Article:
At Capellagården, School for craft and design we are striving towards finding sustainable methods and processes for making textiles. As a part of that Linda have initiated the project "From seed to dye" where we cultivate a number of dye plants and foraging wild ones in the local area. Among them indigo, woad, marigold and many others. We are slowly building up a library of dye plants in our garden and alos documenting the natural habitat of plants that surrounds us.
This autumn you will be able to take part of the result and learn more in our public garden. The dyeing and cultivation project will be exhibited in Sept 2020 together with a catalogue – The dyers journal.
The project is initiated by Linda Zetterman and is a collaboration in between her and Sara Carlsson and the students from the Textile and Garden classes at Capellagården. Read more about Capellagården at; www.capellagarden.se
Below process pictures from the process and work with cultivation and dyeing.
Vau is an old dye plant. It gives durable yellow color on wool, silk, linen and cotton. Early examples of the use of vau in Sweden are demonstrated by finds from the 400s AD. It is common in south part of Sweden where it grows in the wild and in gardens.
The poppy family has around 100 different species originating in Europe and Asia. It self-sows easily and on Öland it often grows freely next to or in cultivated fields.
WELD / WOAD
Weld or Woad "Isatis tinctoria" is an annual or biennial herb. It has been used as a dye plant since long back in history. In Sweden and Europe weld was used mainly to get blue colours. When we started to import indigo from India it soon took over the market. Woad contains less indigotin and its hard to get darker colours. But you can also use the flowers and the seeds to dye yellow and green shades. The weld below was planted last year. We now have planted new weld in our flower beds. Next year we will leave them and save the sees.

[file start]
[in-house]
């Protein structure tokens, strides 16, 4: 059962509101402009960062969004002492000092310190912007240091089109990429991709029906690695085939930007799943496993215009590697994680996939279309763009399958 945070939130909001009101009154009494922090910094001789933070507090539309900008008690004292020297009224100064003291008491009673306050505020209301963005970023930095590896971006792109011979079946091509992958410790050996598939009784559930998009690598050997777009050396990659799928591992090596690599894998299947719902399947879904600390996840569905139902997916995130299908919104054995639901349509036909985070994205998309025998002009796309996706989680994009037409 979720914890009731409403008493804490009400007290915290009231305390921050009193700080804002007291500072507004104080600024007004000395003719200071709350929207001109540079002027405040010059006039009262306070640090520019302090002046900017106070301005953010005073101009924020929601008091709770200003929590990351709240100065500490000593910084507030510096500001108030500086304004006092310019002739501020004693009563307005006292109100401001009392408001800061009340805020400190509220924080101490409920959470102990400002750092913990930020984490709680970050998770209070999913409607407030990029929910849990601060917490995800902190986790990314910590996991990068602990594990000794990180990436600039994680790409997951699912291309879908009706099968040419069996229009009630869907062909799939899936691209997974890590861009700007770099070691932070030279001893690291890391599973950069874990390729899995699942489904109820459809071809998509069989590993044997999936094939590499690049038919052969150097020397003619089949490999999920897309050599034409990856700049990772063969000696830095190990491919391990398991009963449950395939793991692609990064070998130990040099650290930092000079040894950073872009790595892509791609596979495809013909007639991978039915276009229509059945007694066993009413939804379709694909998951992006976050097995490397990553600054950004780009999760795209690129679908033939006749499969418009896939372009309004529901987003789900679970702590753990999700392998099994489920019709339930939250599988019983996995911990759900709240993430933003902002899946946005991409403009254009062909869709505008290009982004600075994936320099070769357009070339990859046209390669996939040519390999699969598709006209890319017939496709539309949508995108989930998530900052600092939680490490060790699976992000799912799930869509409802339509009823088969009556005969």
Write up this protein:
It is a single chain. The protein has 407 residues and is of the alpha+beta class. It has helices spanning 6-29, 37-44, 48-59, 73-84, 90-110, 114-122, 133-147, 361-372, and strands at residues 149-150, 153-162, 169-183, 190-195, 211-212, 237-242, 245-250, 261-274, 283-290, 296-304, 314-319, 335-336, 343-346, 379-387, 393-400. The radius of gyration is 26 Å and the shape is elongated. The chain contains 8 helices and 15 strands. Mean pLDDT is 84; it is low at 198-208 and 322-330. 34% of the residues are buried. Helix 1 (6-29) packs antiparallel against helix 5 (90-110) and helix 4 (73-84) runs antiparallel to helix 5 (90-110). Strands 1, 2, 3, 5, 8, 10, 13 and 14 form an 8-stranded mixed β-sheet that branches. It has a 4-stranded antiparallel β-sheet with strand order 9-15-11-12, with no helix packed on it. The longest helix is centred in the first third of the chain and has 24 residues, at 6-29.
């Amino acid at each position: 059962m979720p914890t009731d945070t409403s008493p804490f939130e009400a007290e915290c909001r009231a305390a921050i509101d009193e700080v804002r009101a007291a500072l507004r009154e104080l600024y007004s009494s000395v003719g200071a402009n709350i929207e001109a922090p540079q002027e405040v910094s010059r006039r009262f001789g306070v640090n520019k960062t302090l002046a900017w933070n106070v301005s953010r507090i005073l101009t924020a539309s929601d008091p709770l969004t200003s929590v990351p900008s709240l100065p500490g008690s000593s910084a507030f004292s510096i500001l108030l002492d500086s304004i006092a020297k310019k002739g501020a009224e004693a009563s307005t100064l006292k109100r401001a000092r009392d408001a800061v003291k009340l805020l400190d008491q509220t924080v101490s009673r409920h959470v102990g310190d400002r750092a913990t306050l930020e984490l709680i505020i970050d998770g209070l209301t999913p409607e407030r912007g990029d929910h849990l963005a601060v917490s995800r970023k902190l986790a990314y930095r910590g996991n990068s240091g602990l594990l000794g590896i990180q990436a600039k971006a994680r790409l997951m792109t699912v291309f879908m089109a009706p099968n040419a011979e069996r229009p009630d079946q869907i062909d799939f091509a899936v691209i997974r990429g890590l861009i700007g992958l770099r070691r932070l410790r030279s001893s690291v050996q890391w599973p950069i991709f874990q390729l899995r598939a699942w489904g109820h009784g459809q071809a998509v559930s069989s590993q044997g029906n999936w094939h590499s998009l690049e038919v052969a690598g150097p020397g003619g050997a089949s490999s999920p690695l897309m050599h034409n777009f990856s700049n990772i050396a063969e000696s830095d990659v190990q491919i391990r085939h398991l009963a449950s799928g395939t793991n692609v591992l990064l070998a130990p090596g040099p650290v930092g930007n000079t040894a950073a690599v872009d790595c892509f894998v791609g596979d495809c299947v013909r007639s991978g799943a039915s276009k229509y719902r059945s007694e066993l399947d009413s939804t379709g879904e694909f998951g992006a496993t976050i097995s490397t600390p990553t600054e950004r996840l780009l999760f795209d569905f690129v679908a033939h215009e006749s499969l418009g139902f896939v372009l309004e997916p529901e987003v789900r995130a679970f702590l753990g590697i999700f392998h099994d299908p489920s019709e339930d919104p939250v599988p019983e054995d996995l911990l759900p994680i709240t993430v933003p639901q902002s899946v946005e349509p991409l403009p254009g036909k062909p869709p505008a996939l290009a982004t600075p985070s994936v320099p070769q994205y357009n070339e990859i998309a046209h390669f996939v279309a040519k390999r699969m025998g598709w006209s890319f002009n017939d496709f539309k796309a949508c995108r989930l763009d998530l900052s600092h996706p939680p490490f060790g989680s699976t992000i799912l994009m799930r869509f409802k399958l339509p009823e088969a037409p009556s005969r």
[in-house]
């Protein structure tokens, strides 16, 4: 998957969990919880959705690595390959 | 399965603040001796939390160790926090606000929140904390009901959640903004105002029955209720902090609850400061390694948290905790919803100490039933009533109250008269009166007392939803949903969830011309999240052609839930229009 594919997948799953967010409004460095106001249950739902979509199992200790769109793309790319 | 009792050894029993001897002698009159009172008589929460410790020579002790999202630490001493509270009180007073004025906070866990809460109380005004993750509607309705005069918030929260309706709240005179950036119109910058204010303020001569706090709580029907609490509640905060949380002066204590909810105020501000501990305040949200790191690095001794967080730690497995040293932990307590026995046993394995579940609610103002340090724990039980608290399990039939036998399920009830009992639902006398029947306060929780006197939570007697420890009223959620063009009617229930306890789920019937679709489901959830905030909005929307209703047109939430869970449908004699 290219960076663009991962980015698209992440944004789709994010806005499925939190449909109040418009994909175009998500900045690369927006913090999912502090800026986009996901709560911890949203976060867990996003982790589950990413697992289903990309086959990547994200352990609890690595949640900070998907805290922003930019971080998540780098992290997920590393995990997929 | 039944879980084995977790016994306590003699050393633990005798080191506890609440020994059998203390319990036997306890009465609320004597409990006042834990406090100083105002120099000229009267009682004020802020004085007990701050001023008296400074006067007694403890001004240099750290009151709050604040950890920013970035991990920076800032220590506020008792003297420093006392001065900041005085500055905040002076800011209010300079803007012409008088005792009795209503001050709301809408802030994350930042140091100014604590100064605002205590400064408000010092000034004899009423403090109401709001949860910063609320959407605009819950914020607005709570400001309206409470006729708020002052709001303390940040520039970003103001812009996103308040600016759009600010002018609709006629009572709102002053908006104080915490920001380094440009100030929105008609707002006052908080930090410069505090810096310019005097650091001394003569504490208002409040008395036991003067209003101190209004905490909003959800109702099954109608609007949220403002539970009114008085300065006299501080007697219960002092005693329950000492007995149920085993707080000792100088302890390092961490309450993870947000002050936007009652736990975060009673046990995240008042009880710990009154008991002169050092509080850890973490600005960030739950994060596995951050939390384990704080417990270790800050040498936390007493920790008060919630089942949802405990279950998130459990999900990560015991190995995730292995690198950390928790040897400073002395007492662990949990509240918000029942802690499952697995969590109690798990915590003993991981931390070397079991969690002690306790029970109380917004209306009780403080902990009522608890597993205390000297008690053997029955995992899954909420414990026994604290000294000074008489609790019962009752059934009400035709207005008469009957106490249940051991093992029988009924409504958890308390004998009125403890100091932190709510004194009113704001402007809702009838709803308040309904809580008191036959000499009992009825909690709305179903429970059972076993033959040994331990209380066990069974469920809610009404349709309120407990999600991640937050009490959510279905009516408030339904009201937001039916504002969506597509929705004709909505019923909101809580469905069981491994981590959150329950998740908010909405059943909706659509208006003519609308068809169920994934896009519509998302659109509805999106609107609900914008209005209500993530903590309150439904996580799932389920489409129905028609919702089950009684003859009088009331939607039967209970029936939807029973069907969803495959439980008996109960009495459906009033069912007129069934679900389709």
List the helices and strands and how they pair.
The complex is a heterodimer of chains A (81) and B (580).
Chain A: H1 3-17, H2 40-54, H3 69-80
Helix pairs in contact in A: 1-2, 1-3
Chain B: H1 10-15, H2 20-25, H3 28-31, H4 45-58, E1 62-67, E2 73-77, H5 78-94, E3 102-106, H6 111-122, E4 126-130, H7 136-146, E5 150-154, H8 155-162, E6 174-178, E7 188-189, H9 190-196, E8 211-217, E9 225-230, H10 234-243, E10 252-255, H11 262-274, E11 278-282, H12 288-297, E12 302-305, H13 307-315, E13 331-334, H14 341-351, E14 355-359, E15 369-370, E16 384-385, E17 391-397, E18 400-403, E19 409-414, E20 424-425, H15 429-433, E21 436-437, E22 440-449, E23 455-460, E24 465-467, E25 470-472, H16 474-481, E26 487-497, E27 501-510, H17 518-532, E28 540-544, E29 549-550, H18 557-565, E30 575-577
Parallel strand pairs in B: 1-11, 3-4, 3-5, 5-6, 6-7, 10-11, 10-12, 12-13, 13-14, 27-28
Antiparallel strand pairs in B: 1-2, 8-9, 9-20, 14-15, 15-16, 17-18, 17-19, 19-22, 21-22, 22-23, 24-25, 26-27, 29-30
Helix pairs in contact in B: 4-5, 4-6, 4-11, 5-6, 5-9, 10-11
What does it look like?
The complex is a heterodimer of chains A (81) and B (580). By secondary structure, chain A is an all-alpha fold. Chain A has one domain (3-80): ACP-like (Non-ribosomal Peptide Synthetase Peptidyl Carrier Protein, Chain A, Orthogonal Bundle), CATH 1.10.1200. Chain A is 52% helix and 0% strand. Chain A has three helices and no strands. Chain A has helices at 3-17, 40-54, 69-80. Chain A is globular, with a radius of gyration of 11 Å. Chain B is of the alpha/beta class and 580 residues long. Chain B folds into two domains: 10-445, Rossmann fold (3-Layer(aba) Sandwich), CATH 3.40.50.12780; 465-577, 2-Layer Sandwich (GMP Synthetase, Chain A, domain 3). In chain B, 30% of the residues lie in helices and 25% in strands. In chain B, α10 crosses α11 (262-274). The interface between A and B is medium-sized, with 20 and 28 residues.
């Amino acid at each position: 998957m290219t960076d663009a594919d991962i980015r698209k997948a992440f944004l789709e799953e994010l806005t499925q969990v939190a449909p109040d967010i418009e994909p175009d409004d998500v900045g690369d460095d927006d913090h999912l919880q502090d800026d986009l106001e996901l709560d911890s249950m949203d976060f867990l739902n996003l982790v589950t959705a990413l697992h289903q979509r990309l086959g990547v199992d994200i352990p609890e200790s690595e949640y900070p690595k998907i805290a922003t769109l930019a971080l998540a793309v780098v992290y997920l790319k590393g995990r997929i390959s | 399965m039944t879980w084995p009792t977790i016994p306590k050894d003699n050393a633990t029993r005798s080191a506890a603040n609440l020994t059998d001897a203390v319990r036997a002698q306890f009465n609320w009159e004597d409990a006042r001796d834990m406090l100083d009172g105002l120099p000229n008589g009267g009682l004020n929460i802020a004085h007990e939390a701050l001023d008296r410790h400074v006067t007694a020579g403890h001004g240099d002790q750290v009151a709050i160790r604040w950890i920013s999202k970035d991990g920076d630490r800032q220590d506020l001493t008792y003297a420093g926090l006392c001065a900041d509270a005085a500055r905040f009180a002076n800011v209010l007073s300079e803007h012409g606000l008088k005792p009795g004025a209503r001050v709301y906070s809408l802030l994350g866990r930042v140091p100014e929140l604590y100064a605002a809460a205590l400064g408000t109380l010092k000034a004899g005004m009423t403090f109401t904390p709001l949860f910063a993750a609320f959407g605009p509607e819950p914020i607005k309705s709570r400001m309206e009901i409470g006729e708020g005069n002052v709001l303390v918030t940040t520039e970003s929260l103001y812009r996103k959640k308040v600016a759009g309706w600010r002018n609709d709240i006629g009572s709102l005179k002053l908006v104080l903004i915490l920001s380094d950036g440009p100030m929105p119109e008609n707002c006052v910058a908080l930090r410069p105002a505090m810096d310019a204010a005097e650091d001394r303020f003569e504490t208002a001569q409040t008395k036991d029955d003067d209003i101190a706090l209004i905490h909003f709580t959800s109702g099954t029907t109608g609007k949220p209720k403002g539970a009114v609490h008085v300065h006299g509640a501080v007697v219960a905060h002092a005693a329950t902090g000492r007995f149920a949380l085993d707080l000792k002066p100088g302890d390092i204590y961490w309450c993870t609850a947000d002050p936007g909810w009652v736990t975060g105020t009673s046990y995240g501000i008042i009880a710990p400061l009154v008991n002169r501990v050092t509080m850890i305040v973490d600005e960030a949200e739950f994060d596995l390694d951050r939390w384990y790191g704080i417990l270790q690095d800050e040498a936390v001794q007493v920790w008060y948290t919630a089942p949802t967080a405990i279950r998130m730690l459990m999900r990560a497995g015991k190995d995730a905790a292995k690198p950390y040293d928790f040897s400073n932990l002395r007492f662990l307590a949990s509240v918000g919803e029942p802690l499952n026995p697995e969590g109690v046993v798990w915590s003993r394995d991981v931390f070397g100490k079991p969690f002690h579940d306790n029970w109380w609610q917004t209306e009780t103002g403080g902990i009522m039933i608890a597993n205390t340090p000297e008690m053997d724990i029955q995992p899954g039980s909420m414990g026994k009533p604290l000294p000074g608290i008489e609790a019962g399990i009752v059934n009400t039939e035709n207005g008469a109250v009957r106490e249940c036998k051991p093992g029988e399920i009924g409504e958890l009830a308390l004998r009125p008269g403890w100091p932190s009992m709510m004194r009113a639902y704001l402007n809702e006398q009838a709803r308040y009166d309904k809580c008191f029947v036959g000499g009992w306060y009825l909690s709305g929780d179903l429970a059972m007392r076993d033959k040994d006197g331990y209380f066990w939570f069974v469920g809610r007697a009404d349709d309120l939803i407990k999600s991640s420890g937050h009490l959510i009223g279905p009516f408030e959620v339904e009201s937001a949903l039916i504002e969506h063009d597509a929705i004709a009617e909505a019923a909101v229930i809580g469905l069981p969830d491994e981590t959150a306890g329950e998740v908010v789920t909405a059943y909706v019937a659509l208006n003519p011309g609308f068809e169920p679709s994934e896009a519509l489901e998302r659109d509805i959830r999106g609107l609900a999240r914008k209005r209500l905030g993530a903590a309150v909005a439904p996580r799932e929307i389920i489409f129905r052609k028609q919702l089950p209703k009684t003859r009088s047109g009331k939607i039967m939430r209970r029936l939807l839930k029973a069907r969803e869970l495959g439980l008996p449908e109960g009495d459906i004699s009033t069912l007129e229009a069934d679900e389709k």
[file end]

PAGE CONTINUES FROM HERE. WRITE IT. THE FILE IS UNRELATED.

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Sorrel "Rumex acetosa". This is a common plant in grassland habitats. It is rich in vitamin C and can be used as herb and in sallads. You can dye with both the flowers and the root. The colours can be changed by using different mordants and shift pH. See above.
#ängssyra #sorrel #rumexacetosa #naturaldyeing #dyeplants #fromseedtodye #frånfrötillfärg #lindazetterman #textile #sustainabletextiles #capellagården
Indigo "Persicaris tinctoria". Also called Japanes Indigo is used mostly in Japan. The pigment is extracted from the leaves by using a dry compost and fermentation process called 'sukoumo'. This year we will try different cultivation and extracting methods and also different dyeing processes using only natural indigo from our cultivation.
#indigo #naturalindigo #persicaristinctoria #naturaldyeing #dyeplants #fromseedtodye #frånfrötillfärg #lindazetterman #textile #sustainabletextiles #capellagården